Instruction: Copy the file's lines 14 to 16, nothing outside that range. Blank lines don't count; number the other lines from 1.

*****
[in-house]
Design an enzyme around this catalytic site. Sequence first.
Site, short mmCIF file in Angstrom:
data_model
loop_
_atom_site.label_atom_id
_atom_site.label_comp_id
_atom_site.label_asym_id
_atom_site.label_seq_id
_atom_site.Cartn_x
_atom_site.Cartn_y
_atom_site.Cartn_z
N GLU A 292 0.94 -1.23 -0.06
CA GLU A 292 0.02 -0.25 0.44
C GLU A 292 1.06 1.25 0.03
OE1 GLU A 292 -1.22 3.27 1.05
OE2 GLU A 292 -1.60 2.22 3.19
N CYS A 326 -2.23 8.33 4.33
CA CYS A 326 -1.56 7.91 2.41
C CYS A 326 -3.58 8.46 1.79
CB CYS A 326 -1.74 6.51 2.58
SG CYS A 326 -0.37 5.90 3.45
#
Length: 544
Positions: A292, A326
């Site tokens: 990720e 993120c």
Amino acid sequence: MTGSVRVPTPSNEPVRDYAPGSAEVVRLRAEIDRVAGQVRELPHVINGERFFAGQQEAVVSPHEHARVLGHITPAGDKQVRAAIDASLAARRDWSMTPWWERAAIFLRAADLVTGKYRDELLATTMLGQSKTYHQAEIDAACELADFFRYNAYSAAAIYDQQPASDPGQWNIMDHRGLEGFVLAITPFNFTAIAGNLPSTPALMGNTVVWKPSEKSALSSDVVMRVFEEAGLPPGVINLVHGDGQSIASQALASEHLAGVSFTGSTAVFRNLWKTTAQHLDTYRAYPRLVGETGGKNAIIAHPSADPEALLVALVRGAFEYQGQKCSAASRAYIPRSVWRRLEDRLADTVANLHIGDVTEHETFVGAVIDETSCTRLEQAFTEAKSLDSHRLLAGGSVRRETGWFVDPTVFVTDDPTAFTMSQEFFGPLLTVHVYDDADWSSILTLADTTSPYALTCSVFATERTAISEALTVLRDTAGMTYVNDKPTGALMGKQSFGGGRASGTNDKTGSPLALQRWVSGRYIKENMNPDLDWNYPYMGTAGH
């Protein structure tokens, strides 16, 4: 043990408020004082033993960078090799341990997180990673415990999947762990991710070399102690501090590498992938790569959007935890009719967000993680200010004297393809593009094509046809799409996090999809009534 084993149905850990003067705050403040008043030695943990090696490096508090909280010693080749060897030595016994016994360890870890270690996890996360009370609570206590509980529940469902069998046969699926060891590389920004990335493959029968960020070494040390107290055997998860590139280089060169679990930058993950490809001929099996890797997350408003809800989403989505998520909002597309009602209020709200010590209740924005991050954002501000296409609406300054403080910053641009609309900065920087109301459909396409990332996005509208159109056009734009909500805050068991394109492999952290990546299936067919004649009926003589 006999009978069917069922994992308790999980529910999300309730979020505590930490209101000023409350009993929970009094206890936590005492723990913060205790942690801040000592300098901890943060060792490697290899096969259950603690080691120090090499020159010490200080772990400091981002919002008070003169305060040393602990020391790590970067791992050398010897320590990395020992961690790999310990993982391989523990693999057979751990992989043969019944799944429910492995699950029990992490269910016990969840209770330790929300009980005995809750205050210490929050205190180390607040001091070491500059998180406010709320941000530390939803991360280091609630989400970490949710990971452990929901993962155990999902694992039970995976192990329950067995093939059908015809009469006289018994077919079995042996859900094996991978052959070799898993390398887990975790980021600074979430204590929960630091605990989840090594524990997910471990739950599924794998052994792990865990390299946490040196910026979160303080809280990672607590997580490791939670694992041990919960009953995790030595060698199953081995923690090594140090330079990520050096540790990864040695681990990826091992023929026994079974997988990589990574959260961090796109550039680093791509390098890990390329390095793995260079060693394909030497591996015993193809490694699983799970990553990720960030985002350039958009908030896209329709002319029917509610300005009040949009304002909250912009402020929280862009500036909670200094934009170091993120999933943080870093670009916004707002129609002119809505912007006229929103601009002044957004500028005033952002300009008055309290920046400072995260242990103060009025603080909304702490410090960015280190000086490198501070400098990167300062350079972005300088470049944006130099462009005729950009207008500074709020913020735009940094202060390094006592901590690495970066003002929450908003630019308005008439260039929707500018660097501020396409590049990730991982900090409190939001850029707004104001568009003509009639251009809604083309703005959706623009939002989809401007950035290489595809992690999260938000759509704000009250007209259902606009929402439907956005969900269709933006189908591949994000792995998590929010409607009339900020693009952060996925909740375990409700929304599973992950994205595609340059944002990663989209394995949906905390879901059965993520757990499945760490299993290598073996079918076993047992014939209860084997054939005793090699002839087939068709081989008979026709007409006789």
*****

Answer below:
CA GLU A 292 0.02 -0.25 0.44
C GLU A 292 1.06 1.25 0.03
OE1 GLU A 292 -1.22 3.27 1.05